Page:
Helping Veterans through Business Ownership Opportunities

Ken Hutcheson, U.S. Lawns

Ken Hutcheson, U.S. LawnsThe transition from the military to the civilian workforce can be a daunting task for any service man or woman.  Despite possessing strong skills in areas of leadership, operations, and teamwork, veterans are not always aware of the available career opportunities that utilize these skills. Business ownership is not only an opportunity for which veterans are highly qualified, but it is also an opportunity that may be closer than they think.

In an economy where veterans have a higher unemployment rate than non-military Americans, it is not always easy to demonstrate to potential employers the skills learned in the service and its applicability to the civilian sector.  It is important to leverage the experience and skills learned during service to connect with the civilian market. Unfortunately, employers frequently avoid hiring veterans as they have little knowledge of what is actually learned during military service. Many military job titles throw employers off, deterring them from seeing the benefit in the candidate’s actions and duties.

The military can promote hard skills otherwise not taught to potential employees, all the while enforcing the soft skills, such as leadership and teamwork, which are so crucial to the business world.  Although there are initiatives in place, such as the Veterans Opportunity to Work (VOW) to Hire Heroes Act of 2011, to assist with providing a more seamless transition for service members into the civilian workforce, or providing training opportunities for veterans, and tax credits for employers who hire veterans with service-connected disabilities, veterans still have a higher rate of unemployment than civilians. 

However, the skills learned in the military can be the perfect primer for business ownership and, in an economic climate where jobs can be hard to come by for any individual, a great path towards financial gain and further employment for others.

With the extensive education and training afforded to military personnel an easy transition into a civilian career through small business ownership can be found in a variety of fields. Choosing a franchise with a strong track record, great brand recognition and history of solid franchisee support can make the transition to civilian life and business ownership a seamless process.  Franchises typically haves a proven system in place; many are turnkey in nature, and match well with the military’s systematic approach to any operation.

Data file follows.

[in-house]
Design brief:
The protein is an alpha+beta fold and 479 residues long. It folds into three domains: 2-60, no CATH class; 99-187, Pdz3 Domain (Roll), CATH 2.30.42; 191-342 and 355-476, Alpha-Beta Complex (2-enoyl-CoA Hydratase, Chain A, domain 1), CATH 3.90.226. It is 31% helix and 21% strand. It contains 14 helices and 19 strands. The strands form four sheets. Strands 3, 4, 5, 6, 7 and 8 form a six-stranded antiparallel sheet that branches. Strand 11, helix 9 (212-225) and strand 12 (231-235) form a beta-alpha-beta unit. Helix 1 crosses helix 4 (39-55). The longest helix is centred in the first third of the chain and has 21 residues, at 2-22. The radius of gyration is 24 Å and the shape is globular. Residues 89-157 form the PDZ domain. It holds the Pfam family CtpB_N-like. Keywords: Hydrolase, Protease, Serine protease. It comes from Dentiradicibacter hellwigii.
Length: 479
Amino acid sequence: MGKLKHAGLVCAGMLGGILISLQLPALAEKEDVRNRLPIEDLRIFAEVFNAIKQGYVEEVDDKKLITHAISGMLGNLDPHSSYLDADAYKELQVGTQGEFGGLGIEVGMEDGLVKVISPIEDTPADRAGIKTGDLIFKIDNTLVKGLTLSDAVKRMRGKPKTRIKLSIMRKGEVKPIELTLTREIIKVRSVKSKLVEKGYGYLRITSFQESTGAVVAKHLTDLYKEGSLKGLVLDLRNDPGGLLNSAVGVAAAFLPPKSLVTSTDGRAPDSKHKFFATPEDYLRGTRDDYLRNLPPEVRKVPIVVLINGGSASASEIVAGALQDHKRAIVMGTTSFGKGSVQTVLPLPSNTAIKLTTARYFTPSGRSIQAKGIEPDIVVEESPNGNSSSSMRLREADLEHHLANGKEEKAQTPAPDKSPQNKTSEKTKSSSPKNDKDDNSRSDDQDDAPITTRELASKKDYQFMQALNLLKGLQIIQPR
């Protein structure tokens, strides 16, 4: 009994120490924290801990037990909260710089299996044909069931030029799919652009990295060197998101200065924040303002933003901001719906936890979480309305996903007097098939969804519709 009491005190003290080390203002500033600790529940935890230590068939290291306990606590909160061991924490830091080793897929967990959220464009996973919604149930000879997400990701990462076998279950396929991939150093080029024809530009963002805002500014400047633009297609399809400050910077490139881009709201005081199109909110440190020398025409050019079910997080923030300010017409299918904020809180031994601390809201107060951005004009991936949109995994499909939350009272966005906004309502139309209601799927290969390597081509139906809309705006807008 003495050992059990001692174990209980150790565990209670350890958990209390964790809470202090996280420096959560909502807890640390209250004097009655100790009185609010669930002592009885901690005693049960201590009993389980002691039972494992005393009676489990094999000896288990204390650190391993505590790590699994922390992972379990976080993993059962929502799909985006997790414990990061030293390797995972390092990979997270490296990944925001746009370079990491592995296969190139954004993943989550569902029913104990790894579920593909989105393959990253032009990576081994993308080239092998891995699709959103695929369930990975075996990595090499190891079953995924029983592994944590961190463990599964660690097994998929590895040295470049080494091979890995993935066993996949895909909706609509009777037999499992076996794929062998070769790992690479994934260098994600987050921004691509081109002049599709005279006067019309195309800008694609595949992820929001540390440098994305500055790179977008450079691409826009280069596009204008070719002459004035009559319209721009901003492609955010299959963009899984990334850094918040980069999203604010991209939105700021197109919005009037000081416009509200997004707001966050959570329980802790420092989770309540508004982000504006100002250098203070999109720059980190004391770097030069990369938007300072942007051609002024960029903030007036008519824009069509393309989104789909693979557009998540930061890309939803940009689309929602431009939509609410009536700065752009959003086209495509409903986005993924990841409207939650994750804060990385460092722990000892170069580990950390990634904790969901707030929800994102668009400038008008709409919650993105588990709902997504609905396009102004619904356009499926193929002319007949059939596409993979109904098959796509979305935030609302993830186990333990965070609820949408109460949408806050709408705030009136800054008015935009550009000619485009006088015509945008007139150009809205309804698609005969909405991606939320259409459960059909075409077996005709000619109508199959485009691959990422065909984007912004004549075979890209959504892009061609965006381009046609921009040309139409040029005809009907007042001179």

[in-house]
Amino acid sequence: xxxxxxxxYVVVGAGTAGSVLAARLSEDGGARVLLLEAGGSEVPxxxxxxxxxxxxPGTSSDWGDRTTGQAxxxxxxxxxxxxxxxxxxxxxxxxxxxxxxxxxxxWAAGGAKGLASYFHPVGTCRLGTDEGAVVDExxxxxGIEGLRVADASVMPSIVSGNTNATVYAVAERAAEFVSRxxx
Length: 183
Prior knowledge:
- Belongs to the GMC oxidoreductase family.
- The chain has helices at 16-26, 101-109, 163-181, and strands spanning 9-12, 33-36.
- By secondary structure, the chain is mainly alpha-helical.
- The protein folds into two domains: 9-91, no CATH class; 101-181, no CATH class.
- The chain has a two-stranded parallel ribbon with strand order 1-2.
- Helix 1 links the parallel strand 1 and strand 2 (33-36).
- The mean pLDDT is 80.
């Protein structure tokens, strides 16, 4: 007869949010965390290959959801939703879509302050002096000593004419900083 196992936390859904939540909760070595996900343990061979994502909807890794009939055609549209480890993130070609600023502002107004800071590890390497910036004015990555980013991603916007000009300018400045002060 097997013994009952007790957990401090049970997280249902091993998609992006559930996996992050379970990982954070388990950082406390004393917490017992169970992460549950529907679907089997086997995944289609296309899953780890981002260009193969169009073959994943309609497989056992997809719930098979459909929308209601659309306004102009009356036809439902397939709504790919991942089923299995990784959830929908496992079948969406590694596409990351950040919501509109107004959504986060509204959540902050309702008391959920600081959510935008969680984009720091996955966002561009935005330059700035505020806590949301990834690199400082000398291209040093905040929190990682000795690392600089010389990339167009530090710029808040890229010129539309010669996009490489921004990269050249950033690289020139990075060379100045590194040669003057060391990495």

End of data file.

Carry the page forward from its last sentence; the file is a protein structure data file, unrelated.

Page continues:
Veterans make great candidates for business ownership as the skills learned during training and serve bring numerous intangibles the table.  Not only do veterans understand leading by example, but also embody the dedication necessary to seeing a job through to completion.  Further, veterans are comfortable working closely with other people and excel when it comes to discipline, networking and strategy.  Franchise systems which have a successful business model in place need leaders that not only follow that system but can lead the business within that framework. 

Strategic initiatives like VetFran, which promotes the veteran ownership of franchises across America, have begun connecting veterans with franchising opportunities. In many cases, companies affiliated with VetFran are willing to lower franchise buying costs for veterans in an effort to lower the returning military member’s unemployment rate. Sometimes these costs are lowered as much as 75% off the original cost of ownership. Additionally, many of these franchisors have a national footprint, meaning new branches can be opened anywhere in North America, making it possible for veterans to remain close to family and friends.

Today, more than 66,000 business franchises are owned and operated by U.S. military veterans, directly employing more than 815,000 Americans. Business franchisors provide veterans with essential training and support to lead operations that rely on the types of systems and procedures emphasized in military training.

Franchise initiatives present phenomenal business opportunities for veterans.  While a number of franchises offer financing, training and assistance getting started, it is imperative to find the right franchise and ensure its underlying corporate principles and values match your own. 

About the Author

Ken Hutcheson is President of U.S. Lawns, one of the commercial landscape industry’s largest and most successful companies with approximately 255 franchise locations nationwide.  With over 30 years of experience in the green industry, Ken’s insight has helped shaped the commercial landscape franchise industry into what it is today.  Ken can be reached at  Visit the U.S. Lawns web site at